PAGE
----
• Expected Plan – This is what CRE believes will occur at the location based on currently available information. By default, prior to any real analysis, the Expected Plan may always be to renew as-is or, if aggressively pursuing cost reductions, close. As portfolio managers and analysts understand more about the situation, the Expected Plan may be refined further to an expand, shrink, move, or close strategy. CRE Managers and CRE’s Trusted Partners are most likely going to be the audience for the Expected Plan, as they will need whatever information is available across the entire portfolio, even if it is highly variable. Further, the Expected Plan will still be undergoing refinement and will contain a high level of confidential information, so keeping it within a small group of trusted individuals (on a need to know basis) is better for information management. Sometimes this is referred to as the Plan of Intent.
  • Approved Plan – Once a plan is fully vetted and officially approved by the authorized parties, it becomes the Approved Plan. In theory, the Expected Plan is refined during vetting so that it aligns with the Approved Plan at the point of approval, and then does not change. Unfortunately, not every organization has a clear event that marks the approval milestone, so the line between Expected and Approved can blur. Further, external forces can impact the plan after approval; in this case the Expected and Approved Plans may get out of sync until an amended approval can occur. The Approved Plan is what would typically be considered the official Plan of Record, but its rigidity and timing (official approval often does not occur until near the end of the planning process) limits its use for reporting and decision making. The Approved Plan will most likely be what is used for communication to leadership.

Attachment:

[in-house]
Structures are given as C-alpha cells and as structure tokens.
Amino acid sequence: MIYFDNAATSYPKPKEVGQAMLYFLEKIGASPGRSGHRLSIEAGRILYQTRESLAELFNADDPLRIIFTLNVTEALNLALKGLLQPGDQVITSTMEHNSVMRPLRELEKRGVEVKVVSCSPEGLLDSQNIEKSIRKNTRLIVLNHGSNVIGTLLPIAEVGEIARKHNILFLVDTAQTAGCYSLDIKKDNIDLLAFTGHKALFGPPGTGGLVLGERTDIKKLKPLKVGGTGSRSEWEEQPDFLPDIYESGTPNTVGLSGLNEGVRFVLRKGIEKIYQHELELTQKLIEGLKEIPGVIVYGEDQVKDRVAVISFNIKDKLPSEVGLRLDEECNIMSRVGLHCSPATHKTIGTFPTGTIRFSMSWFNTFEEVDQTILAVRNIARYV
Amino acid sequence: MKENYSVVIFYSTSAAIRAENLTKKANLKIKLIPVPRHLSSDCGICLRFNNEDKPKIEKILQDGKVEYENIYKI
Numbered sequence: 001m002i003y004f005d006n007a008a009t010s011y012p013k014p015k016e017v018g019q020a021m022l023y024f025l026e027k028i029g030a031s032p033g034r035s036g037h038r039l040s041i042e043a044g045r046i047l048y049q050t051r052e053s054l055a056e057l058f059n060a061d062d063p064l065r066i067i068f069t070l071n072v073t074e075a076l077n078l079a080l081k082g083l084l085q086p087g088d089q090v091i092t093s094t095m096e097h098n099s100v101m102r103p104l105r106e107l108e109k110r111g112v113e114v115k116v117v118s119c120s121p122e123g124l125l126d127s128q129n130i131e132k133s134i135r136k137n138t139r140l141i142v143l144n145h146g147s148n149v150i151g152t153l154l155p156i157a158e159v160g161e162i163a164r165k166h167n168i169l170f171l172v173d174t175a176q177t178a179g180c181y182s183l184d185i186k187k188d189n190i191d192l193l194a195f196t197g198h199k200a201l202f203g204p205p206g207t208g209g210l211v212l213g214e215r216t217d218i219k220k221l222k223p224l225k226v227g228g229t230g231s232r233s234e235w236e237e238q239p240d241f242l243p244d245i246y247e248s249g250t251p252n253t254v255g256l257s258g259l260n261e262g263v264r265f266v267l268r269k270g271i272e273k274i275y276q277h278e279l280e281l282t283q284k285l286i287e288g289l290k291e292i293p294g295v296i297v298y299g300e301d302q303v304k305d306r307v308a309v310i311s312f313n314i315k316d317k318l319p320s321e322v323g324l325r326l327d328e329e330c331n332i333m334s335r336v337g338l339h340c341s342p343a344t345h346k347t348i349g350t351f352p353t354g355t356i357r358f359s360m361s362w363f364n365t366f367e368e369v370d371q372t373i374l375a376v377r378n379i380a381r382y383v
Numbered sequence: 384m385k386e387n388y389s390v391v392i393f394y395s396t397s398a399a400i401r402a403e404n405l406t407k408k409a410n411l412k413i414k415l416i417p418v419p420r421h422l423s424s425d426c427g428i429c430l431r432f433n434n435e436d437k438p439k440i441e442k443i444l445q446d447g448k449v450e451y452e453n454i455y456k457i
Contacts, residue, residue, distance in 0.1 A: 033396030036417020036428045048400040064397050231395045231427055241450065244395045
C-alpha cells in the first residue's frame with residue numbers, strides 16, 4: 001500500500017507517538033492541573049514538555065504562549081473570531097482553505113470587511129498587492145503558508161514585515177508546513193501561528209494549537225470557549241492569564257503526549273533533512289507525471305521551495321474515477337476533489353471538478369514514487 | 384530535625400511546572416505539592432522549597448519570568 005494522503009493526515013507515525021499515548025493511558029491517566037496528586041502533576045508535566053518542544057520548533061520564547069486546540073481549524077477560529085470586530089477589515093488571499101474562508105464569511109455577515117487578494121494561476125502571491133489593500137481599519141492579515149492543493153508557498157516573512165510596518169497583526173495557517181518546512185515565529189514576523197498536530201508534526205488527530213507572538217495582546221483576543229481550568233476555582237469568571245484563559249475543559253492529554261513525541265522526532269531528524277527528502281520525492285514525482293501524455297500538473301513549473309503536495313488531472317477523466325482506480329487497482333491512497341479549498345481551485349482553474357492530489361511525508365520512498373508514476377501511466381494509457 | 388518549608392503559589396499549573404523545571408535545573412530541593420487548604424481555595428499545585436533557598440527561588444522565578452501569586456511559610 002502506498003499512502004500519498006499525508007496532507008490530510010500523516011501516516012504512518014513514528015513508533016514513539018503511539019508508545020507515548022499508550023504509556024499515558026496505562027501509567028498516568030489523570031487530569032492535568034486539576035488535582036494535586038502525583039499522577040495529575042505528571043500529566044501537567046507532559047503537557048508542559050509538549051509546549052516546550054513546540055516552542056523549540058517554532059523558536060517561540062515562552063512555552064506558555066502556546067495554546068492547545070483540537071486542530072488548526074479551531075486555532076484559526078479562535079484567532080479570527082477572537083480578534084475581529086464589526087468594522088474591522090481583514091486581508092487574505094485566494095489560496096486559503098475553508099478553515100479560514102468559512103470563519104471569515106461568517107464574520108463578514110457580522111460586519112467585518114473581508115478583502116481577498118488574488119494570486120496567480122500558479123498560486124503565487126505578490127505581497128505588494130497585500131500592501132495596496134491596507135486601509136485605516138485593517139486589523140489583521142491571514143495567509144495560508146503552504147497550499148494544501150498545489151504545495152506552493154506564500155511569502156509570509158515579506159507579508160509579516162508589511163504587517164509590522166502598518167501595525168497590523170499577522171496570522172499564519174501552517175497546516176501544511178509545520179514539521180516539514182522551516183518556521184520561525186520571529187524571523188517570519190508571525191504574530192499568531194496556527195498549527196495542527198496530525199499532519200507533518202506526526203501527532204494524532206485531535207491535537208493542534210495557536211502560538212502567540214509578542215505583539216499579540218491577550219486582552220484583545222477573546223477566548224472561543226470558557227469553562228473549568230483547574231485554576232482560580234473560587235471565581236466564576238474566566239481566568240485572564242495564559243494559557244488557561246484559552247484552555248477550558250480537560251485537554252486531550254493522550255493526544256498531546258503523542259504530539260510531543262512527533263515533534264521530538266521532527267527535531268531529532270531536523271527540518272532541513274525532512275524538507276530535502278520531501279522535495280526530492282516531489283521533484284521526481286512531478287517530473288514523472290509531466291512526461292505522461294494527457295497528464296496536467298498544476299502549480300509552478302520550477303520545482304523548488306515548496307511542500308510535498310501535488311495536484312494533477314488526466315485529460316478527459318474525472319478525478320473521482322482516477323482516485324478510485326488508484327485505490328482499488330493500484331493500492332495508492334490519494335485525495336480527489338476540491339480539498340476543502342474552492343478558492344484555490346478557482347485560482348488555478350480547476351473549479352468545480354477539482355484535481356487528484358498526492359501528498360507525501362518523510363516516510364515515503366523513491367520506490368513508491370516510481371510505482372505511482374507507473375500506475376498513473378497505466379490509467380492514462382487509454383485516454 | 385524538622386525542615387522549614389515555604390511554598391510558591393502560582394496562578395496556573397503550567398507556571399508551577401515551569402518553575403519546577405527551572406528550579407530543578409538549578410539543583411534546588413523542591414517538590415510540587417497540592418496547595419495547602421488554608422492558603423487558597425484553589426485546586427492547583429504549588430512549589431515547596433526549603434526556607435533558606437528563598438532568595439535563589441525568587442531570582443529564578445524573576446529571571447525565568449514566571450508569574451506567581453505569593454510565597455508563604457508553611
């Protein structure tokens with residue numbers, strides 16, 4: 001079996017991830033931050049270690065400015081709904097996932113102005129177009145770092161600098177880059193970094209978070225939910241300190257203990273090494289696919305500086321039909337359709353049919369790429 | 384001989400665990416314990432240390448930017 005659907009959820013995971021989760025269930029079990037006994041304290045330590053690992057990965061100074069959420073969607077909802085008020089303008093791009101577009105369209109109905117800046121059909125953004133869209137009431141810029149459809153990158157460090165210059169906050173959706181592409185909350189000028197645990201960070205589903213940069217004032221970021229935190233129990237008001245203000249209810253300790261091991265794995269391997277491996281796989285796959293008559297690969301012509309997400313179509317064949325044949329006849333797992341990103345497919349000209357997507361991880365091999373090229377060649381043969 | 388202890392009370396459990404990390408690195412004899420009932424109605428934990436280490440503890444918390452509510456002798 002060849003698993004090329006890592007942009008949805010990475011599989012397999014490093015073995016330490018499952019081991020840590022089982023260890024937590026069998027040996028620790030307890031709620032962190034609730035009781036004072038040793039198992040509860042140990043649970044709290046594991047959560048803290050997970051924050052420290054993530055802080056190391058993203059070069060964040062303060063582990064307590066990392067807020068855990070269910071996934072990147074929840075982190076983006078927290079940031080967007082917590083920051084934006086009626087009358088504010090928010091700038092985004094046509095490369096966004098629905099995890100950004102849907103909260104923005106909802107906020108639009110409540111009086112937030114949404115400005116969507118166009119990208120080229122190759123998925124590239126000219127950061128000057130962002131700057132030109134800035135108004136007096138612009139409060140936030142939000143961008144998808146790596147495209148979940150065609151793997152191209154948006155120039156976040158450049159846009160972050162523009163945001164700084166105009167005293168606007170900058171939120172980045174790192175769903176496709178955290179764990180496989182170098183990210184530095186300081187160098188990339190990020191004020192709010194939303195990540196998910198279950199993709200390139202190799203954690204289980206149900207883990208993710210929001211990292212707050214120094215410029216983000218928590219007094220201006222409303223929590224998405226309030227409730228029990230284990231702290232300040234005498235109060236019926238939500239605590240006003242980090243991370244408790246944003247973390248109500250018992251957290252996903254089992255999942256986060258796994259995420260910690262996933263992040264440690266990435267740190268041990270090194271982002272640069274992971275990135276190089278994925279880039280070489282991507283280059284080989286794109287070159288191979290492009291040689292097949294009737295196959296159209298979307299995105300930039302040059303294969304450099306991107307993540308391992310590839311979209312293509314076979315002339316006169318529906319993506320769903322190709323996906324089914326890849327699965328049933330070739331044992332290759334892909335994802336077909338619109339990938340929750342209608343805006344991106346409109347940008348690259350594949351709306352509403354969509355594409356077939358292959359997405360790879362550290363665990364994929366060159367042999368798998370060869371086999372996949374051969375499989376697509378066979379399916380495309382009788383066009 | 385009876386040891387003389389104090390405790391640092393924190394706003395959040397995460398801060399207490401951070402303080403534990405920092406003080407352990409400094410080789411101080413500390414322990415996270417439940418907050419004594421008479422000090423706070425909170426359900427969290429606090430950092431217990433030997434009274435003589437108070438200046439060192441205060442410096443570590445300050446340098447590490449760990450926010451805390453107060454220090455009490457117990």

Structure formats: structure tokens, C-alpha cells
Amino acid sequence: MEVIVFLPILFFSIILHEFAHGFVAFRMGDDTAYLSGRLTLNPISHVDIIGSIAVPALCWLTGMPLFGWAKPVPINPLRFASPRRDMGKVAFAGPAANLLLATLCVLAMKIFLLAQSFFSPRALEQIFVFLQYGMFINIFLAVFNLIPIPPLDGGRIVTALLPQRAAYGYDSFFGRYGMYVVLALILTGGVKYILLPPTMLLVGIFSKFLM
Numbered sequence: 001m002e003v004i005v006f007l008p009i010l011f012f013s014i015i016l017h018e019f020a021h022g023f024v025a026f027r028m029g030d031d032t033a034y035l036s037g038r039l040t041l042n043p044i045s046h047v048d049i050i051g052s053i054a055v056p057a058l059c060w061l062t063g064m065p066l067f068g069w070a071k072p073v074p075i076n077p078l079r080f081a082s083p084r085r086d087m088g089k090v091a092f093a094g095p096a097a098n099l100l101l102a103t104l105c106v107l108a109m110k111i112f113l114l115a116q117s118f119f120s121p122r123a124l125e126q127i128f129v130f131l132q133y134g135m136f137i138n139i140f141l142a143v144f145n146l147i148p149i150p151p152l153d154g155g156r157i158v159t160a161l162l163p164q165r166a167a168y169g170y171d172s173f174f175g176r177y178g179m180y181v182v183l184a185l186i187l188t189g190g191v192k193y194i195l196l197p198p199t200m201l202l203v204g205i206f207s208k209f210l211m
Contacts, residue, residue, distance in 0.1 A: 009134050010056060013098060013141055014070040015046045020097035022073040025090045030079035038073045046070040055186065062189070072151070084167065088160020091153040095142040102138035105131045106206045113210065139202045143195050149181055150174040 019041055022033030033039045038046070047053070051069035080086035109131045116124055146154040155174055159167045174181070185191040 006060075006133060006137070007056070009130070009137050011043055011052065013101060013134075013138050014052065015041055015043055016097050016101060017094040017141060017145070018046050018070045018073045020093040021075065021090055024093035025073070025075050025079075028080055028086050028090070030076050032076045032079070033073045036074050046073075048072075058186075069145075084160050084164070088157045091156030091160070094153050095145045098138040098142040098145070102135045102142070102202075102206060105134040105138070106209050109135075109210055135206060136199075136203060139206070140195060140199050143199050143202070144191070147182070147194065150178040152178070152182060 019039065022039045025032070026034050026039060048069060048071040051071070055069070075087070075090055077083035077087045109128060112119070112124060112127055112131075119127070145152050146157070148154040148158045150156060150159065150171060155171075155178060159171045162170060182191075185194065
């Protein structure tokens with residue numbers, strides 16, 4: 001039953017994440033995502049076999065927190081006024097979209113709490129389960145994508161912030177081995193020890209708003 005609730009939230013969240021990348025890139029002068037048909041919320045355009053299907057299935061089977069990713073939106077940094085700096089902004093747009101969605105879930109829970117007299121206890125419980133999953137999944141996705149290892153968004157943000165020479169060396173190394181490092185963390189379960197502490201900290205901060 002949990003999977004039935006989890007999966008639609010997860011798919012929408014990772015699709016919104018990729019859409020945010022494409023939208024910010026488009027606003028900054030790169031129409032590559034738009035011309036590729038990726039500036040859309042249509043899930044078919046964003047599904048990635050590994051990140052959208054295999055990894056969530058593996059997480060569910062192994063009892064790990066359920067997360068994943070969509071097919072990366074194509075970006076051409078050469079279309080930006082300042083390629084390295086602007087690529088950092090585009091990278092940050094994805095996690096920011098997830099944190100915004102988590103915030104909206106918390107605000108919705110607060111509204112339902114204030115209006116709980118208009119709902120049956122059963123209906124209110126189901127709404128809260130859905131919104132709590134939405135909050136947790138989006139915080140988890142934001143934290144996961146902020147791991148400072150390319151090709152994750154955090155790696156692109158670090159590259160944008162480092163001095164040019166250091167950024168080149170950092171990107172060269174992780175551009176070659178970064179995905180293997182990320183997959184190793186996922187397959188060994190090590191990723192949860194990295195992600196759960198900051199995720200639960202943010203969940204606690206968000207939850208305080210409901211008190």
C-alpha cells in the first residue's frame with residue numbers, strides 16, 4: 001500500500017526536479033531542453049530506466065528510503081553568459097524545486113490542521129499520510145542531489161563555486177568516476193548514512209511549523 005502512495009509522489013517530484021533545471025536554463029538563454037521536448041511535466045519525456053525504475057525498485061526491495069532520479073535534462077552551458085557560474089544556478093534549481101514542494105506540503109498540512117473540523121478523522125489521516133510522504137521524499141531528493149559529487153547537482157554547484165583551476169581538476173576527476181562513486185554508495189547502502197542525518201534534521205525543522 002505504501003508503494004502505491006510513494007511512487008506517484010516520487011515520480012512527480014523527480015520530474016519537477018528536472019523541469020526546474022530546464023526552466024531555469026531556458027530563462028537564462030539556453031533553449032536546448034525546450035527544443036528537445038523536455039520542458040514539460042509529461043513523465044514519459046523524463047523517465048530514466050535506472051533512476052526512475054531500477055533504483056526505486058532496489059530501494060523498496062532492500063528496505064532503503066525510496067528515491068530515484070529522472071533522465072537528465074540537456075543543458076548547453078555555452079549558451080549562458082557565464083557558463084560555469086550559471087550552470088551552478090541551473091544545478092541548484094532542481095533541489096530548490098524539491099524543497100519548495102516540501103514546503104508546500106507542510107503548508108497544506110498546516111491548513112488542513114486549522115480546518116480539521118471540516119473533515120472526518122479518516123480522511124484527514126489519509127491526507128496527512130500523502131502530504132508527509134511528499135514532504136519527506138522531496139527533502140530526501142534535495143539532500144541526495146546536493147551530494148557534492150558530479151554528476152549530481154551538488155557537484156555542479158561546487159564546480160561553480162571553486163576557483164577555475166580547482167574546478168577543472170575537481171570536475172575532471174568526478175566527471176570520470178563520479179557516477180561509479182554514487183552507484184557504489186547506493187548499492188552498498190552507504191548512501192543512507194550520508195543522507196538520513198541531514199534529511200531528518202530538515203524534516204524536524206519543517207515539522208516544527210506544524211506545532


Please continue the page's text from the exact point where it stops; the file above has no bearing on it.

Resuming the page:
• Communicated Plan – Simply because a plan is approved does not mean that the information about the future of a location can be shared openly. Closures or contractions can be extremely sensitive if individual jobs will be relocated or eliminated. Public knowledge about a company’s plans could constrain real estate negotiations. Keeping track of the Communicated Plan helps to ensure consistency in messaging and highlights where future communication may be necessary. The communicated plan will likely be the source of information for impacted employees and the public.

In most cases, the Expected Plan will fluctuate a fair amount in early planning stages, but settle into a recommended scenario prior to approval and eventually communication. When planning is this straightforward, we could consider plan approval and communication as simply milestones in the overall planning process. However, if an organization is highly dynamic and often faces plan changes even after approval or communication, keeping track of what has been approved and communicated, rather than just if a plan has been approved and communicated can be critical to avoiding missteps.

3. Communicate level of certainty

Plans change, some more than others. While frequent changes are the very reason having a Plan of Record is important, the possibility of future plan changes reduces the value of the current information. The more uncertain the information, the less value it has. Also, because each location is unique, plan certainty will vary from location to location. Yet without an indication of level of certainty for each location, we would naturally need to assume a high degree of uncertainty for all locations. Eventually, if plan uncertainty is too high, the Plan of Record is worthless. Therefore, to ensure the Plan of Record is effective, we must include both the plan and the level of certainty for each location.

As planning for a particular location progresses, the level of uncertainty generally decreases (the cone of uncertainty.) One way to report the level of uncertainty is to indicate where it is in the planning process (e.g., Expected, Approved, Communicated). However, while there is a correlation between the planning stages and uncertainty, directly indicating a level of certainty, is even more effective. For example, level of certainty can be communicated by assigning a probability the plan will actually occur. In our early stages with many unknowns we may believe there is a 50% probability of moving to a new location. Once we conduct a formal analysis this probability may increase to 70%, and once the lease is signed, 100%.  (These probabilities will also be beneficial when using decision trees to make decisions and aggregating data for space and capital forecasting.)